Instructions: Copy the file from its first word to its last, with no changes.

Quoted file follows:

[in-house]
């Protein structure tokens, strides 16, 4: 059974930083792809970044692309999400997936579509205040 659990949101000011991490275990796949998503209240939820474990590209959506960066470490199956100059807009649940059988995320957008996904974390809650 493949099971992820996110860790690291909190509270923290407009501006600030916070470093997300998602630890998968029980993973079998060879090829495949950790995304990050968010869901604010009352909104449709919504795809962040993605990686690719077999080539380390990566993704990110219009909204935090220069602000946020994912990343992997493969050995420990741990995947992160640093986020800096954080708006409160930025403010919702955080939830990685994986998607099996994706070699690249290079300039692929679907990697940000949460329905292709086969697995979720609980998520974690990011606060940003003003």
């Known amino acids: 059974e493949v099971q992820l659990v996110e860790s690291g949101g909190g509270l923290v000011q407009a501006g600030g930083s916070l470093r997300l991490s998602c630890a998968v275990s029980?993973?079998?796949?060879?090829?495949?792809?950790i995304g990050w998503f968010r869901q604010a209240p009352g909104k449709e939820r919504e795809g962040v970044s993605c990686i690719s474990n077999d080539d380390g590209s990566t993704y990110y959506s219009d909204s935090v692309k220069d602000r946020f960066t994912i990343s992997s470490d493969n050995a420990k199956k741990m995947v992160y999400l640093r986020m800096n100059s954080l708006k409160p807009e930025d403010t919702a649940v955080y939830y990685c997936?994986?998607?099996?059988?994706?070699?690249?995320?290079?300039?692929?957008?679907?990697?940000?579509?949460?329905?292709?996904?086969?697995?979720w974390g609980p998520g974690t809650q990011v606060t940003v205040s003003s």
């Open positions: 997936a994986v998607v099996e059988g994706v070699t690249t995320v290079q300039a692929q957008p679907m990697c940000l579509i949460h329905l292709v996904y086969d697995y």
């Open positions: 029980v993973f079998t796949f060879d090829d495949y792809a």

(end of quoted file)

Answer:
[in-house]
């Protein structure tokens, strides 16, 4: 059974930083792809970044692309999400997936579509205040 659990949101000011991490275990796949998503209240939820474990590209959506960066470490199956100059807009649940059988995320957008996904974390809650 493949099971992820996110860790690291909190509270923290407009501006600030916070470093997300998602630890998968029980993973079998060879090829495949950790995304990050968010869901604010009352909104449709919504795809962040993605990686690719077999080539380390990566993704990110219009909204935090220069602000946020994912990343992997493969050995420990741990995947992160640093986020800096954080708006409160930025403010919702955080939830990685994986998607099996994706070699690249290079300039692929679907990697940000949460329905292709086969697995979720609980998520974690990011606060940003003003």
């Known amino acids: 059974e493949v099971q992820l659990v996110e860790s690291g949101g909190g509270l923290v000011q407009a501006g600030g930083s916070l470093r997300l991490s998602c630890a998968v275990s029980?993973?079998?796949?060879?090829?495949?792809?950790i995304g990050w998503f968010r869901q604010a209240p009352g909104k449709e939820r919504e795809g962040v970044s993605c990686i690719s474990n077999d080539d380390g590209s990566t993704y990110y959506s219009d909204s935090v692309k220069d602000r946020f960066t994912i990343s992997s470490d493969n050995a420990k199956k741990m995947v992160y999400l640093r986020m800096n100059s954080l708006k409160p807009e930025d403010t919702a649940v955080y939830y990685c997936?994986?998607?099996?059988?994706?070699?690249?995320?290079?300039?692929?957008?679907?990697?940000?579509?949460?329905?292709?996904?086969?697995?979720w974390g609980p998520g974690t809650q990011v606060t940003v205040s003003s």
């Open positions: 997936a994986v998607v099996e059988g994706v070699t690249t995320v290079q300039a692929q957008p679907m990697c940000l579509i949460h329905l292709v996904y086969d697995y």
């Open positions: 029980v993973f079998t796949f060879d090829d495949y792809a």